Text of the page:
Hence media coverage has focused on presenting this report as calling for the Irish government to establish a ‘New Ireland Forum 2’ while Sinn Féin’s ‘Committee Report on Irish Unity’ shows an urgency of planning for reunification.

One wonders if the authors of the report realise how destabilising it is to insist that the 1998 Agreement plus Brexit leads somehow inevitably to Irish Unity for those in Northern Ireland who are not just content with the current constitutional status quo but wish to see it continue.  And here perhaps the report reveals itself as an Irish Nationalist document. It assumes at various points in the report that it is only unionists who have to be persuaded as unionists are the ones maintaining support for the constitutional position of Northern Ireland as part of the UK.  This not only falls into the dominant, but not completely accurate ‘two-community’ model of Northern Ireland, but does not include those (non-unionists) – ‘others’ and most significantly nationalists who are content with the status quo and do not support a United Ireland.  A BBC poll, in September last year, found 63% of people in Northern Ireland supported staying in the UK, with only 22% backing a united Ireland.

As the 2016 Northern Ireland Life and Times (NILT) Survey found, support for Irish unity amongst the Catholic community increased from 31% to 34%.    Only a third of those expected to most strongly support a united Ireland are in favour of it.  In 2005, support for a United Ireland amongst adult Catholics in Northern Ireland was at 56%. Yet none of this is considered or appears in the report, which presents a growing and homogenous ‘pro-Unity’ Catholic-nationalist community in Northern Ireland as the main driver of a United Ireland.  But it ain’t necessarily so….well, unless the report is aimed at Alliance Party voters’ views towards a united Ireland post-Brexit perhaps?  The 2016 NILT survey found that:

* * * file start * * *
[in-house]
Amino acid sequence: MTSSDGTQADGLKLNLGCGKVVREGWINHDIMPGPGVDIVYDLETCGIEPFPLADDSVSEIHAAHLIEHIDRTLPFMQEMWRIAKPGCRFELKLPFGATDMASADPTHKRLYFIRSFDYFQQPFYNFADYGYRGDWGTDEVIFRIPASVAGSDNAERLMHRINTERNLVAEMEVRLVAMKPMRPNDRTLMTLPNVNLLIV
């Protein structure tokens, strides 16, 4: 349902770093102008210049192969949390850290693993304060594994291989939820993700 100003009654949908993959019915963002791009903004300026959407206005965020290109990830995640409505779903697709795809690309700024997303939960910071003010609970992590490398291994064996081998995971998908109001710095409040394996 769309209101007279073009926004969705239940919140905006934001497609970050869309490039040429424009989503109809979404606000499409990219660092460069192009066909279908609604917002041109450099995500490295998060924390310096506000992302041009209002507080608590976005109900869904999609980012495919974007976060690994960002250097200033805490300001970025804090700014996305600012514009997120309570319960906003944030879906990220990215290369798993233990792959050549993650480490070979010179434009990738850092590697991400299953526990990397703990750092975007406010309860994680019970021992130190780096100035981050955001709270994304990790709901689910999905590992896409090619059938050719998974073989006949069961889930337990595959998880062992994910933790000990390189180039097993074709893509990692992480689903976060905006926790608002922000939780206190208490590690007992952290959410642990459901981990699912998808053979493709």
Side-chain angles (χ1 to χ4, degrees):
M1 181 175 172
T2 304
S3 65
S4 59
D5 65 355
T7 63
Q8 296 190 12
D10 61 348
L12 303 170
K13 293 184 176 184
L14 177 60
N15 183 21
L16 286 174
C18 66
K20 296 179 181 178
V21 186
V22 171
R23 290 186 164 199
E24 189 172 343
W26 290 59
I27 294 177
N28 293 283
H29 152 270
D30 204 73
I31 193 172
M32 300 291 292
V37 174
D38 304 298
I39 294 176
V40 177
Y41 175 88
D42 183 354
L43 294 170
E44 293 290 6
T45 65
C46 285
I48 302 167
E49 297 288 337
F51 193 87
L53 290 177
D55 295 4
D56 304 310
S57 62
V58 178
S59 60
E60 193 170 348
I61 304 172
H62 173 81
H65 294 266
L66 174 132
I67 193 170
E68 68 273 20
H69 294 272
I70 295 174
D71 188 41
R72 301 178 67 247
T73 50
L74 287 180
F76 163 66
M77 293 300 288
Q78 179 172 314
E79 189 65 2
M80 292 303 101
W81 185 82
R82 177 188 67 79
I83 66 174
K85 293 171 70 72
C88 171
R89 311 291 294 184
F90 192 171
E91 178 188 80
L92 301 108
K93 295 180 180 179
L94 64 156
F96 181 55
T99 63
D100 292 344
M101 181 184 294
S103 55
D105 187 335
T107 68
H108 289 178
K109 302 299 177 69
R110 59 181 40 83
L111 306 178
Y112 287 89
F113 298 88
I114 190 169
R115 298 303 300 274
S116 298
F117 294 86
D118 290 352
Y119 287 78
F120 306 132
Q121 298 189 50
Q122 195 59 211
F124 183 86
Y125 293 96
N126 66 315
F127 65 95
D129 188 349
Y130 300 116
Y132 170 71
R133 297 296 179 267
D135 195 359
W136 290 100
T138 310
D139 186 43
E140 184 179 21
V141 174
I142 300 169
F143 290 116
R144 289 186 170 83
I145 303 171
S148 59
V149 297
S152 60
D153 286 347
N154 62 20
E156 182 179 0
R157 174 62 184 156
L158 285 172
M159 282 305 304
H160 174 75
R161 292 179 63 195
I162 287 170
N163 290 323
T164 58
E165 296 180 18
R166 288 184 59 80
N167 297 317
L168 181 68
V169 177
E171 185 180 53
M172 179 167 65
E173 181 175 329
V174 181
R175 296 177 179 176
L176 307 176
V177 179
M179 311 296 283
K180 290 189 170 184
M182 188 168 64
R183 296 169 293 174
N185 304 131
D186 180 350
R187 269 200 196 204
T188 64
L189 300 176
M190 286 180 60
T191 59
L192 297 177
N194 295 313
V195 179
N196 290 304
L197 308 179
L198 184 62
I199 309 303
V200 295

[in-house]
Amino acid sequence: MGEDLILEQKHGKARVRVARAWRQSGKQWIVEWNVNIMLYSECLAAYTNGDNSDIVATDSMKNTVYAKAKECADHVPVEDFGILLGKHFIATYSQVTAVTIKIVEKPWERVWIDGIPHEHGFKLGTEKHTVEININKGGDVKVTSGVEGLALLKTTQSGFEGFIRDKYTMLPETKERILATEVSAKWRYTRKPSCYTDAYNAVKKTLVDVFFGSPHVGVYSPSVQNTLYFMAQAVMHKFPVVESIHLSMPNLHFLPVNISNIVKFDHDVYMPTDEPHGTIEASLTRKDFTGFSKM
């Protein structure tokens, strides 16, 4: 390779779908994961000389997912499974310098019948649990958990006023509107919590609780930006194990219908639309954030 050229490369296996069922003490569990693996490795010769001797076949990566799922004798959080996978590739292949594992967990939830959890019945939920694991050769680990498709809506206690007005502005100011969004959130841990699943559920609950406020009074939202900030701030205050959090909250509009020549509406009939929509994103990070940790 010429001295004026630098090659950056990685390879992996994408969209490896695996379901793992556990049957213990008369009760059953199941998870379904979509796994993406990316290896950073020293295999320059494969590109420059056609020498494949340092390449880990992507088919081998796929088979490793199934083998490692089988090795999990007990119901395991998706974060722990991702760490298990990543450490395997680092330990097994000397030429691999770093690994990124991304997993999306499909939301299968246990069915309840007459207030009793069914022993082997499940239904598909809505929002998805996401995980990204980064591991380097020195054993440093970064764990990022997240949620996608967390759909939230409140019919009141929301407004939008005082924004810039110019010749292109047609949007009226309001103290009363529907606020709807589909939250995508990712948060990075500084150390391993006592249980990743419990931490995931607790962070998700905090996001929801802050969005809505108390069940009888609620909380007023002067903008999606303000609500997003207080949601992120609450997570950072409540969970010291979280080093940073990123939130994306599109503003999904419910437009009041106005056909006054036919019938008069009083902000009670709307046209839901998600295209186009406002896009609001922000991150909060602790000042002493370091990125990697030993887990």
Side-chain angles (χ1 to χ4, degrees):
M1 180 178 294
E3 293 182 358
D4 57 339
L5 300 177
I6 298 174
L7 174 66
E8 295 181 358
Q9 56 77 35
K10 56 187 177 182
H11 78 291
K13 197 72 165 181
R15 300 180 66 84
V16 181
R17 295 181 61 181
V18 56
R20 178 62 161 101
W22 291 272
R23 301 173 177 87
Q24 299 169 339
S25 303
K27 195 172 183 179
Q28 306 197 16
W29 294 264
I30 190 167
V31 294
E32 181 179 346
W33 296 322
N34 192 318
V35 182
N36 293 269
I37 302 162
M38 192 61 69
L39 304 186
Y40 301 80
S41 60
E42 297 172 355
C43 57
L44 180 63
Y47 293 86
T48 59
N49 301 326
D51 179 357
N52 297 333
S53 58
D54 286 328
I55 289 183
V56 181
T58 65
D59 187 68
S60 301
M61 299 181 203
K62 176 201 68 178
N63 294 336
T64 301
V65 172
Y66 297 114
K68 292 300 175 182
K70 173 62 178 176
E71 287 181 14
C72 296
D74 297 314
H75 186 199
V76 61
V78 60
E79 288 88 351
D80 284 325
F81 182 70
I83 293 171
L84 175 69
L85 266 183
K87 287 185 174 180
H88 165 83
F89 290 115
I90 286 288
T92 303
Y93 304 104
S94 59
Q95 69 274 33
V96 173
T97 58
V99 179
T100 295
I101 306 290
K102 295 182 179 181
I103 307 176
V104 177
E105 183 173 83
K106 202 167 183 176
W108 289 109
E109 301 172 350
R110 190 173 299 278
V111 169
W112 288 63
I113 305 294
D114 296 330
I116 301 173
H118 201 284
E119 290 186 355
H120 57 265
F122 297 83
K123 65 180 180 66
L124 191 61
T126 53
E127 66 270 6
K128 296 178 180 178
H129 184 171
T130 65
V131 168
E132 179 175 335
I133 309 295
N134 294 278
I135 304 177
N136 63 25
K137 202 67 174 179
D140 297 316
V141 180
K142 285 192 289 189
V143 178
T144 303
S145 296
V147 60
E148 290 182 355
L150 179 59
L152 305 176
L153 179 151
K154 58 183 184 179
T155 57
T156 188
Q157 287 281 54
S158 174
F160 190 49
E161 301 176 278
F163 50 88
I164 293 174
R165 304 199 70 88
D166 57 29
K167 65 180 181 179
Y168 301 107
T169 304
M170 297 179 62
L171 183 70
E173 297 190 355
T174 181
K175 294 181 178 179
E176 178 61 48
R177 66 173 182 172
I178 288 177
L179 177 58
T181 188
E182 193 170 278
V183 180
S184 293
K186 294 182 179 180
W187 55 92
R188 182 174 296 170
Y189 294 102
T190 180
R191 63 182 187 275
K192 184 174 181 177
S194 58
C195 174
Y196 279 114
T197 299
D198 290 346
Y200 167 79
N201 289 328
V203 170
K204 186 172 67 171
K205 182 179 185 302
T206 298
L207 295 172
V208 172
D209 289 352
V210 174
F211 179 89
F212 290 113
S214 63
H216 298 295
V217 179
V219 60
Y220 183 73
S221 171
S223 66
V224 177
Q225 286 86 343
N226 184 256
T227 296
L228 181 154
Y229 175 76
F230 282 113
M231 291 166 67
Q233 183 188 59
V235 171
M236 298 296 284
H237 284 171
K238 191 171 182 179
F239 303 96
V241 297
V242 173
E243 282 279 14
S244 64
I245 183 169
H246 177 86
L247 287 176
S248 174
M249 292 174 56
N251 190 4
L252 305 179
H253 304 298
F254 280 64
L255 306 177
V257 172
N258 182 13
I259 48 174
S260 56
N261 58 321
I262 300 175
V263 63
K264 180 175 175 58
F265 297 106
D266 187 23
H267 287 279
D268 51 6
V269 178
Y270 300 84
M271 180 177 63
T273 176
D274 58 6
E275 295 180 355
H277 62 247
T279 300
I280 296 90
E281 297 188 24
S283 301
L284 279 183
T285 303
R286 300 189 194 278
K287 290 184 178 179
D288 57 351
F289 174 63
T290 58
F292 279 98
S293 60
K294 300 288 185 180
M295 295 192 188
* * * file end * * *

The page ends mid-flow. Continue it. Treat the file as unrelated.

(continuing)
“Alliance Party supporters are amongst the groups that have shown a significant increase in support for Irish unity since the referendum. Support for a united Ireland amongst Alliance voters was 21% in 2016, compared with 12% in 2015 and 8% in 2014.  Amongst Alliance voters, 29% said that the results of last year’s referendum has made them more in favour of Irish unity, a figure which was identical for both Catholic and Protestant Alliance voters.”

The reality is, at least to this point, Brexit, while it did create a surge of applications for Irish passports in Northern Ireland (including significant numbers of unionists), it did not result in any significant surge for a United Ireland.  This report seems to be aimed at filling that gap (perhaps alongside what some see as Sinn Féin’s current strategy of holding up a resumption of power-sharing, to demonstrate that Northern Ireland ‘cannot work’ and is a ‘failed state’).

It used to be a classic Irish republican slogan-cum-bad arithmetic to state ‘26+6=1’, now this has been replaced in this report with ‘1998 Agreement + Brexit = Irish Unity’.  To the bad adding up of the former we now have a report which is effectively nationalist and republican Ireland talking to itself. The lack of alternative perspectives, a rigorous challenging of the ‘inevitable logic’ of a United Ireland as a matter of ‘when’ not ‘if’ reminds me of social media dialogue when one can ‘defriend’ and remove those that disagree with you.

Rather than this report being a serious argument for Irish Unity (though it has certainly prepared the ground for future and perhaps improved arguments and evidence), it is either aimed at achieving unity amongst those across the island wishing for the reunification of Ireland, and/or basically a pre-nuptial agreement between Fianna Fail and Sinn Féin in advance of a future coalition government.

 

Professor John Barry
Posted by

John Barry is a Professor in the School of History, Anthropology, Philosophy and Politics at Queen's University Belfast. His research interests include: green political theory, politics and political economy of sustainability, greening the economy, environmental and sustainable development policy-making, environmental ethics, transition to a low-carbon/renewable energy economy.

Leave a Reply

Your email address will not be published. Required fields are marked *